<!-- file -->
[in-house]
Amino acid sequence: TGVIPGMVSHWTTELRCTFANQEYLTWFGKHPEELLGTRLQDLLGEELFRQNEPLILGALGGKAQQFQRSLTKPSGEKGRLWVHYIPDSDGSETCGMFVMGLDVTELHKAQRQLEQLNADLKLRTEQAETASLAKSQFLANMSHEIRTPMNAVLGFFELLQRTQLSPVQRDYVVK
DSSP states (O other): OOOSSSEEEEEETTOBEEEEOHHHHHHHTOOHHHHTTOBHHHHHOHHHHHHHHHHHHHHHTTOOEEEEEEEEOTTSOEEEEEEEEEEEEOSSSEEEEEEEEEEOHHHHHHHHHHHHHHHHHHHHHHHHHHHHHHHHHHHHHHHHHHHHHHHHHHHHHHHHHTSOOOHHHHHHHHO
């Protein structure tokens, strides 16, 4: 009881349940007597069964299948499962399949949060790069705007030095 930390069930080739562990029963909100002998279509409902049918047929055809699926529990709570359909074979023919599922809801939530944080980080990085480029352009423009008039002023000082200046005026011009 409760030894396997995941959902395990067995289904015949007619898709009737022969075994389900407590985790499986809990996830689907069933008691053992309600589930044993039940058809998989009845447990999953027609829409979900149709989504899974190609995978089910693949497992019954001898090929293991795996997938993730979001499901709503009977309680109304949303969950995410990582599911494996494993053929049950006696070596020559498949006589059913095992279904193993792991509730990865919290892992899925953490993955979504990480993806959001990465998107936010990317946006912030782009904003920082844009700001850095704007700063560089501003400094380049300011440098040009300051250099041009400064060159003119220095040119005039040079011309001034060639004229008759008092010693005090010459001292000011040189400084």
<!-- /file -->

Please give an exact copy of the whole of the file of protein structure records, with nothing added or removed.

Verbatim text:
[in-house]
Amino acid sequence: TGVIPGMVSHWTTELRCTFANQEYLTWFGKHPEELLGTRLQDLLGEELFRQNEPLILGALGGKAQQFQRSLTKPSGEKGRLWVHYIPDSDGSETCGMFVMGLDVTELHKAQRQLEQLNADLKLRTEQAETASLAKSQFLANMSHEIRTPMNAVLGFFELLQRTQLSPVQRDYVVK
DSSP states (O other): OOOSSSEEEEEETTOBEEEEOHHHHHHHTOOHHHHTTOBHHHHHOHHHHHHHHHHHHHHHTTOOEEEEEEEEOTTSOEEEEEEEEEEEEOSSSEEEEEEEEEEOHHHHHHHHHHHHHHHHHHHHHHHHHHHHHHHHHHHHHHHHHHHHHHHHHHHHHHHHHTSOOOHHHHHHHHO
């Protein structure tokens, strides 16, 4: 009881349940007597069964299948499962399949949060790069705007030095 930390069930080739562990029963909100002998279509409902049918047929055809699926529990709570359909074979023919599922809801939530944080980080990085480029352009423009008039002023000082200046005026011009 409760030894396997995941959902395990067995289904015949007619898709009737022969075994389900407590985790499986809990996830689907069933008691053992309600589930044993039940058809998989009845447990999953027609829409979900149709989504899974190609995978089910693949497992019954001898090929293991795996997938993730979001499901709503009977309680109304949303969950995410990582599911494996494993053929049950006696070596020559498949006589059913095992279904193993792991509730990865919290892992899925953490993955979504990480993806959001990465998107936010990317946006912030782009904003920082844009700001850095704007700063560089501003400094380049300011440098040009300051250099041009400064060159003119220095040119005039040079011309001034060639004229008759008092010693005090010459001292000011040189400084």